It was, of course, only a matter of time. It’s been reported that a Google’s driverless car has caused an accident with a bus in Mountain View, California. The car was trying to navigate its way around a sandbag in the road at 2mph. As it moved back into the centre of the lane, it struck the side of a bus travelling at around 15mph. Thankfully no one was injured.
We’ve blogged previously on liability for accidents caused by driverless cars. Here in the UK, the Department for Transport suggests that there would be strict liability on the manufacturer, i.e. Google. In a statement, Google said, “We clearly bear some responsibility, because if our car hadn’t moved there wouldn’t have been a collision.” It’s the first time Google has accepted any responsibility for an accident involving its self-driving vehicles. Last November, they said that 17 minor accidents involving their driverless cars had happened in over two million miles of driving. They claim previous accidents, however, were a result of human error – either because the car was being manually driven at the time, or because it was the fault of a third party driver. We’ve heard repeatedly from Google that the elimination of driver error makes driverless cars much safer than their traditional equivalents.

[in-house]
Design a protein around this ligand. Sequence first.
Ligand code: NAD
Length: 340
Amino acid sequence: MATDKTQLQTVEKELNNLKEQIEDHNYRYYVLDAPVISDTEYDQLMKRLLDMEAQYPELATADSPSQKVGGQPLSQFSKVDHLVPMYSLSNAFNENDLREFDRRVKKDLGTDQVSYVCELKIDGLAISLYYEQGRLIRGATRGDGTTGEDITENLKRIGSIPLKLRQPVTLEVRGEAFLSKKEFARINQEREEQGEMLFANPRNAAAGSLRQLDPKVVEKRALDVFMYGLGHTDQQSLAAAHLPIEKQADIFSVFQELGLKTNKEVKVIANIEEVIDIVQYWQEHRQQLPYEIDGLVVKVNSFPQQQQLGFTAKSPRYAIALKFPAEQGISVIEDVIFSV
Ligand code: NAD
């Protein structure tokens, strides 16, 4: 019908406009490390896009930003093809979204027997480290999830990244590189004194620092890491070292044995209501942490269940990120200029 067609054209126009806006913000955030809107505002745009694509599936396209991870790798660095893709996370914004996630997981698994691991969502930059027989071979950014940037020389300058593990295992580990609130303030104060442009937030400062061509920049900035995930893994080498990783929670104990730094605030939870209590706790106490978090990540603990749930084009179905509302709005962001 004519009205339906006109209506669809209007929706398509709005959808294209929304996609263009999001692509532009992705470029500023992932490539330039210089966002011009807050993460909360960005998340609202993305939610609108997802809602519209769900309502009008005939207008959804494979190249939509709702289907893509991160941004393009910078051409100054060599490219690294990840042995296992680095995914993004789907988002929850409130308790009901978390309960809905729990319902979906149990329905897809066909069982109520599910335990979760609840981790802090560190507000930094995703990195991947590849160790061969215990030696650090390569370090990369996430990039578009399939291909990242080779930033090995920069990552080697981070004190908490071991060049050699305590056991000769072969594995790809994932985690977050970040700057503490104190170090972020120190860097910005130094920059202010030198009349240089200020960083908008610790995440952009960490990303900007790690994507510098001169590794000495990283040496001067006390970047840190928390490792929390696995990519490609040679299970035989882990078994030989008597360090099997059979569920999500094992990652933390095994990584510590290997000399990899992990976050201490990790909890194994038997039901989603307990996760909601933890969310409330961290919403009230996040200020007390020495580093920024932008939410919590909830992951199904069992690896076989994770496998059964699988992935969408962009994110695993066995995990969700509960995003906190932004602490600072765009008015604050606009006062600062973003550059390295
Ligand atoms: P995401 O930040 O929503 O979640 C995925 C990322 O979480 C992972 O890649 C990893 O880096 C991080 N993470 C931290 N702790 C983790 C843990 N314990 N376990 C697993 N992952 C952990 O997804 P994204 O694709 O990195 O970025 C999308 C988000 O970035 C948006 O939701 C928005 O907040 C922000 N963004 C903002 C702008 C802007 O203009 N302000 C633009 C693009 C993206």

It’s interesting to note, though, that the test driver on board also “believed the bus would slow or allow the Google vehicle to continue.” It seems that human error, whether the test driver’s or the bus driver’s, may also have played its part in this case. Google says it will adjust the software to reflect that larger vehicles are less likely to yield. But who says a bus or lorry is less likely to slow down, than, say, a disgruntled taxi driver or a commuter in a hurry? All the clever programming in the world surely can’t account for the unpredictable behaviour of human drivers.
There’s no doubt many people are sceptical about the rise of self-driving cars – what happens when they cause their first fatality? This latest accident, however, seems unlikely to dent Google’s ambitions. After all, 1775 people were killed on British roads in 2014, and 22,807 seriously injured, and yet our love affair with the old-fashioned automobile continues. According to Google, mass market driverless cars could even get the green light by 2017 to 2020.